There is a story I tell myself about who I am.
There is a story I tell others about who I am too.
Others tell me stories about who they think I am.
They also tell me stories about who I could be. Or should be.
The reality is that not one of these stories is completely accurate. Because I’m all of these stories combined, contradictions and all.
And there are many stories.
There are stories I tell myself about being a writer. And there are stories rejection letters tell me about that too. And there are stories readers tell me about me, as a writer.
There are stories I tell myself about being a husband and father. And there are stories my wife and kids tell me about who I am and should be, as a father.
We are a vast collection of stories spilling over from the projects we do, the people we encounter and the personas we embody.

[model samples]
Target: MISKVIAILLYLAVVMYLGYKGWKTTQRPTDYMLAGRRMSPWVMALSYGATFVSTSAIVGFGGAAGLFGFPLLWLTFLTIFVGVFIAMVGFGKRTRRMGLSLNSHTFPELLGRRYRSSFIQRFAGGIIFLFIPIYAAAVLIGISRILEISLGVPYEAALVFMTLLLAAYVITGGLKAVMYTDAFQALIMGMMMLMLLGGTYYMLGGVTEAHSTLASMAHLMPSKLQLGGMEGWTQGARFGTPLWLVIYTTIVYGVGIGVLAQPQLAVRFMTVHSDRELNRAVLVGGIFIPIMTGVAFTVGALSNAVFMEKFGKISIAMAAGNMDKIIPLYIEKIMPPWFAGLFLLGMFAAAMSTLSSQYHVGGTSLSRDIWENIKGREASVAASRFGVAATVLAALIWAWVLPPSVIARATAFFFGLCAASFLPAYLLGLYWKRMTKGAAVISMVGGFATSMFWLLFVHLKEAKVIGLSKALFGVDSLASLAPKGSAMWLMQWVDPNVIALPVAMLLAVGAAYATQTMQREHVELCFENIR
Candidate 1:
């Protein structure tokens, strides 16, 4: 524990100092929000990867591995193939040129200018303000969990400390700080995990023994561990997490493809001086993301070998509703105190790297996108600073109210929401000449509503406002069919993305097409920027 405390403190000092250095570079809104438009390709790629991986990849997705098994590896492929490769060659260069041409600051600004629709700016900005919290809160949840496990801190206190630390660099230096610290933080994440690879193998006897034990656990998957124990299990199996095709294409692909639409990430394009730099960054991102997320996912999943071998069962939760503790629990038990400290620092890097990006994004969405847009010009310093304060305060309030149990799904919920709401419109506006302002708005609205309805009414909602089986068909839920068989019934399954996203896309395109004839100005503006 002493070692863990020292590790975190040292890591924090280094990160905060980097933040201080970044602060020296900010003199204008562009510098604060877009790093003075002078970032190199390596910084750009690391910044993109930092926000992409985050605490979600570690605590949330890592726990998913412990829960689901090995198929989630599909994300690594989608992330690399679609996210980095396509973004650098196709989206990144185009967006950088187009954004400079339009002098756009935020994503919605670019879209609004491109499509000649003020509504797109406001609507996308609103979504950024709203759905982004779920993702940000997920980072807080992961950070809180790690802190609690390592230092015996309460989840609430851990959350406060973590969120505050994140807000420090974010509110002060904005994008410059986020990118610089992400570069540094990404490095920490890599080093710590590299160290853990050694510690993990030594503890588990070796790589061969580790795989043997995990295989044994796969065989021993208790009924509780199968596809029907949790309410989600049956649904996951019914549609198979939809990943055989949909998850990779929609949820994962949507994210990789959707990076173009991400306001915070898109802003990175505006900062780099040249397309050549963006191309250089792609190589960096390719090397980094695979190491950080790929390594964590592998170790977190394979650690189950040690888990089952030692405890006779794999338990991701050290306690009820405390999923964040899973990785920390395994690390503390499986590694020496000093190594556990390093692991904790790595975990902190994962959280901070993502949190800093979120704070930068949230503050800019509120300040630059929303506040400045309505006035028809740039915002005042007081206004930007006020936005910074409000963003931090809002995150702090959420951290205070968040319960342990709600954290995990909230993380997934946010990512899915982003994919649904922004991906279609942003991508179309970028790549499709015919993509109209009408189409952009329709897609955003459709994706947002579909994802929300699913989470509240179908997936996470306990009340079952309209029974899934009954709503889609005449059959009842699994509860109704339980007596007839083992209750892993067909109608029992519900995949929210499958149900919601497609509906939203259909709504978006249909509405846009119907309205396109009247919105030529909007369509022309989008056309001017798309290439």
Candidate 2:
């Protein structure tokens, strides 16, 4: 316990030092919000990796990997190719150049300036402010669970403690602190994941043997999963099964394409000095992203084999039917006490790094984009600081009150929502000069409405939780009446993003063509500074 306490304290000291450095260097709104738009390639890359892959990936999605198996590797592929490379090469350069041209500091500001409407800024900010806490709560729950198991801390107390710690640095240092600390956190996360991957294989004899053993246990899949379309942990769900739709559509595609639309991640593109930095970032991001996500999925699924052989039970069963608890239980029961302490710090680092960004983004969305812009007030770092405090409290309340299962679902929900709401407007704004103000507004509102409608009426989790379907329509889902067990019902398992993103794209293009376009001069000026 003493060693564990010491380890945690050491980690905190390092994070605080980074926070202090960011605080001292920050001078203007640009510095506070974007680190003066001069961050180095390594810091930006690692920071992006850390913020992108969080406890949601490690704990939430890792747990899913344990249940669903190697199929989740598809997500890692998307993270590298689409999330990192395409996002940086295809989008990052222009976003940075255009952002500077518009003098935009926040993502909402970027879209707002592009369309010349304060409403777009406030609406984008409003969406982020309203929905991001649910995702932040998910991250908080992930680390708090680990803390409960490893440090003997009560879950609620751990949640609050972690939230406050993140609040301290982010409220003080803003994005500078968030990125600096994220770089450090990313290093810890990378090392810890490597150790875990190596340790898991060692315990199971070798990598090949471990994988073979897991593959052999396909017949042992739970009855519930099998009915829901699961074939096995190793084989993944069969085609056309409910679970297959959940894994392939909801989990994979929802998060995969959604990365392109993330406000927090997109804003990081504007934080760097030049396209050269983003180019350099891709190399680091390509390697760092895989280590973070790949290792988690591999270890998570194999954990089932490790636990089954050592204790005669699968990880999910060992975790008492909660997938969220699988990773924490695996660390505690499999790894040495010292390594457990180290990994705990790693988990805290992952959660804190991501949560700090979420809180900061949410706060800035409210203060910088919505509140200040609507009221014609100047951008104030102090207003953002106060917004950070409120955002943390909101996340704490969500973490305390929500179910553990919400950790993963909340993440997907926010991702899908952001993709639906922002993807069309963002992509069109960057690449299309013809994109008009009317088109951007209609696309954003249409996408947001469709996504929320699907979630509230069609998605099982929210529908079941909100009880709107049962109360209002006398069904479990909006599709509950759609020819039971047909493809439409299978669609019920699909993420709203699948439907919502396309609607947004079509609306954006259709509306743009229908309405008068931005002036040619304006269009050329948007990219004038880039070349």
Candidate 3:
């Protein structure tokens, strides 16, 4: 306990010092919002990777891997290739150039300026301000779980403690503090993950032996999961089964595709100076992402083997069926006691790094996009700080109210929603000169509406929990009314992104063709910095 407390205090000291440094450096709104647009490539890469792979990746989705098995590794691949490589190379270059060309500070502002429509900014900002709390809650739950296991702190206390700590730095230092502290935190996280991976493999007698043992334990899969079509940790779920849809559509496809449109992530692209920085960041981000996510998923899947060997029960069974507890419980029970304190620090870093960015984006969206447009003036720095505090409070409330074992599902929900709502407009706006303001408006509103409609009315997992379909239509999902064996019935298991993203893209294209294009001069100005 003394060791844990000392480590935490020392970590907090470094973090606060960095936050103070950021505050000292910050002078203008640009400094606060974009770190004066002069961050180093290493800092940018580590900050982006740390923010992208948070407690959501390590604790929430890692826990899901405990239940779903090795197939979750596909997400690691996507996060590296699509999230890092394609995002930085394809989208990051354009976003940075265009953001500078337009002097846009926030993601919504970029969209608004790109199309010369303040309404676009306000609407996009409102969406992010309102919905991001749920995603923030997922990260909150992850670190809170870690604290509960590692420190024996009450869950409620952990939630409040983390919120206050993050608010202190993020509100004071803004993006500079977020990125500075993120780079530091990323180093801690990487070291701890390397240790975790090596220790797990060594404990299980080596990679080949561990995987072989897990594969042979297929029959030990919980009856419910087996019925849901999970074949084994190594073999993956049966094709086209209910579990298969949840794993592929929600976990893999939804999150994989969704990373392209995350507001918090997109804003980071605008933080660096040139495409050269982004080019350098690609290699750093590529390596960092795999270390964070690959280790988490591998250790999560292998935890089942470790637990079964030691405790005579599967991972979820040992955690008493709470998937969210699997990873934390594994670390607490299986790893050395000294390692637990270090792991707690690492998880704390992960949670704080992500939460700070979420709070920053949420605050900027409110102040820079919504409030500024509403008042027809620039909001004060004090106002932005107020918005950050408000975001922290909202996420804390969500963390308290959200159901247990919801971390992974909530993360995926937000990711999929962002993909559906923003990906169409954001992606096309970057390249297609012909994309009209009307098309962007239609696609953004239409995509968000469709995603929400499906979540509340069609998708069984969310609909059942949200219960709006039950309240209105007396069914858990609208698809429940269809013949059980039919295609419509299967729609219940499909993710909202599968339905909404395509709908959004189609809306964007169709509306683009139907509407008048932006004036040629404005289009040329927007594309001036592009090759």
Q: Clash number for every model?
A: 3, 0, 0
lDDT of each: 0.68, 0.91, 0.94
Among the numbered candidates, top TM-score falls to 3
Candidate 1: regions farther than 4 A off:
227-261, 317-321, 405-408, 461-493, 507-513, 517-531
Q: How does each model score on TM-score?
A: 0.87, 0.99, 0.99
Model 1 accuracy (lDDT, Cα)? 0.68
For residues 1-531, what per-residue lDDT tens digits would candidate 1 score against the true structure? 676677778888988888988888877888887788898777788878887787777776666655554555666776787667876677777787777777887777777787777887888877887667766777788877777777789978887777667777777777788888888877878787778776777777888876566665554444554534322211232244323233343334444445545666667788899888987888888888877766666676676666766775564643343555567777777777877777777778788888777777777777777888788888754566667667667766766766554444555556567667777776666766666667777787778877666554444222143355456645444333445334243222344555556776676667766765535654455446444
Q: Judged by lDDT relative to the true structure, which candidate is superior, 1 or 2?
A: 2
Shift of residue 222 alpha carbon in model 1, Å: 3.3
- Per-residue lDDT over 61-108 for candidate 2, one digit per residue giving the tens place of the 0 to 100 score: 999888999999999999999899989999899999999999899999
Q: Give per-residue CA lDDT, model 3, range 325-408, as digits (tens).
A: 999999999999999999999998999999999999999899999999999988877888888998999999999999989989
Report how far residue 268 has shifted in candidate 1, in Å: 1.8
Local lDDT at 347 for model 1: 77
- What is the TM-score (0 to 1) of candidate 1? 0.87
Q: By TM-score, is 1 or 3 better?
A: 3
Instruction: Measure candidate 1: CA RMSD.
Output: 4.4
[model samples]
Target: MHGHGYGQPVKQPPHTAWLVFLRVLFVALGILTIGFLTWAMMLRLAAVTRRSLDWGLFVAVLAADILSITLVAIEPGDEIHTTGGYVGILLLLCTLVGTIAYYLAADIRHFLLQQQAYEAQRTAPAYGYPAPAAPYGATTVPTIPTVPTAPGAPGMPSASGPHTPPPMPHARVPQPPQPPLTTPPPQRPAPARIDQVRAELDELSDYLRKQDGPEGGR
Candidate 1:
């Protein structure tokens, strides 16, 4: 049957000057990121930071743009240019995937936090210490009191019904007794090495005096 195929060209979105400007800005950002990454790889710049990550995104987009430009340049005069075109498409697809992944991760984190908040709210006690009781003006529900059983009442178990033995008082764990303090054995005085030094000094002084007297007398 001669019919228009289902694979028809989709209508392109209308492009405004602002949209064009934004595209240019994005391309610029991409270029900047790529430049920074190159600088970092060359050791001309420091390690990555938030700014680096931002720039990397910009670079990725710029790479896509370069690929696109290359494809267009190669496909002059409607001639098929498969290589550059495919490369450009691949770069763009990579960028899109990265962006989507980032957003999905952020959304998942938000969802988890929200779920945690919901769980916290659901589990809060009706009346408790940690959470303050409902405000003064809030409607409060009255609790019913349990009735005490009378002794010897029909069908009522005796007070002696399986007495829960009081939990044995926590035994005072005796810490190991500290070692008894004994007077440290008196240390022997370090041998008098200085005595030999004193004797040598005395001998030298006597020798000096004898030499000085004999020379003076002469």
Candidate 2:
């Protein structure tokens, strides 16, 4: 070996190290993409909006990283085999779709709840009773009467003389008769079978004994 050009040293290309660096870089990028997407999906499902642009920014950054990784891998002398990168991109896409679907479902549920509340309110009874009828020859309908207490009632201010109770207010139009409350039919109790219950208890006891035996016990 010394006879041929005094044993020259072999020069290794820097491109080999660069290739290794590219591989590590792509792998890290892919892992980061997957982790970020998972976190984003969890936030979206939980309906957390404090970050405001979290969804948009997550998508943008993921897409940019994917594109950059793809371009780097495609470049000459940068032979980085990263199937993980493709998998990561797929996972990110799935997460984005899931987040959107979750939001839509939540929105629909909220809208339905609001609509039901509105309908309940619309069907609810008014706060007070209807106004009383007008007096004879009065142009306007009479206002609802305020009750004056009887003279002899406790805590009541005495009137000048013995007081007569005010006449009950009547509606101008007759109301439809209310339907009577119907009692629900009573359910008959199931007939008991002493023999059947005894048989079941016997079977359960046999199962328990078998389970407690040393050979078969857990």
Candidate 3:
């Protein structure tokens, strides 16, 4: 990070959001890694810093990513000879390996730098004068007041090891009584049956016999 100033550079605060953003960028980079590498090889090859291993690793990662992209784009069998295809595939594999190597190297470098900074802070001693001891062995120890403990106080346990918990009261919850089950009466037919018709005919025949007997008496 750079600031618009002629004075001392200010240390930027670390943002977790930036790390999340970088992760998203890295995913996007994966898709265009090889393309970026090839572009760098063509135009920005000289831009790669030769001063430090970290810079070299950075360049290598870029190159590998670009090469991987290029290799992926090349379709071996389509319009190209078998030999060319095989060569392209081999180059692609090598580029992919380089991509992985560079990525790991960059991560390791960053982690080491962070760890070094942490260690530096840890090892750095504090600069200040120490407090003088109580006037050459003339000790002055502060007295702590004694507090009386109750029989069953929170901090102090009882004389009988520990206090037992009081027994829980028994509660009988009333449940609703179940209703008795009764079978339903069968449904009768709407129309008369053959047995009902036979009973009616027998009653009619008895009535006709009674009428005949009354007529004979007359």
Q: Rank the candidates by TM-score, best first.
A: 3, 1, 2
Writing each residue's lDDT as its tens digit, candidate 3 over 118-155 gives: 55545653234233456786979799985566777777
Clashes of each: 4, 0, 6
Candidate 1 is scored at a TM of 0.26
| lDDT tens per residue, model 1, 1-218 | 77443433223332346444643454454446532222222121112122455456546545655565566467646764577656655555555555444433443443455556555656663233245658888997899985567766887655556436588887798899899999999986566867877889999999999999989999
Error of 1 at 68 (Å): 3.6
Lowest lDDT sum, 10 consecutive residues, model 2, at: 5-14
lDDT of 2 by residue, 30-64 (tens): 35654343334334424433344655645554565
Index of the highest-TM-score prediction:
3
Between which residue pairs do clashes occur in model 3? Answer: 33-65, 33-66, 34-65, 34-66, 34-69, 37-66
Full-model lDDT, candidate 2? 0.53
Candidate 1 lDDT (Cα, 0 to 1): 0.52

And we are in a continual, unconscious argument with ourselves about who we think we are, who we think others think we are and who we think we want to be. Or could be. Or should be.
As human beings, we’re not one-dimensional, static creatures. We’re multidimensional, dynamic beings who continually adapt and change in response to the moments we inhabit.
It’s why we can write gripping stories in which we don’t even know the ending. Or why we’re as surprised as our readers by the sudden aha in our poem or painting.
For me, feeling stuck is when I find myself no longer believing one or more of the stories about who I am. They no longer feel aligned in some sort of beautiful, complex harmony.
I’m there now.
But I’ve been there many, many times before.
I don’t panic or try to fix things. I simply embrace the tensions, contradictions, imperfections and all.
Because, to me, art isn’t the pursuit of perfection. Art is perfect beauty rising from human imperfection.
And that’s a story worth telling. Especially in those moments in time when we feel stuck.
From May 2012 to July 2013, I wrote a weekly series of intimate essays for writers and artists seeking a deeper connection with their identity and place as modern creatives. I called this series Root Notes. This was an essay in that series. It was originally published on July 7, 2013.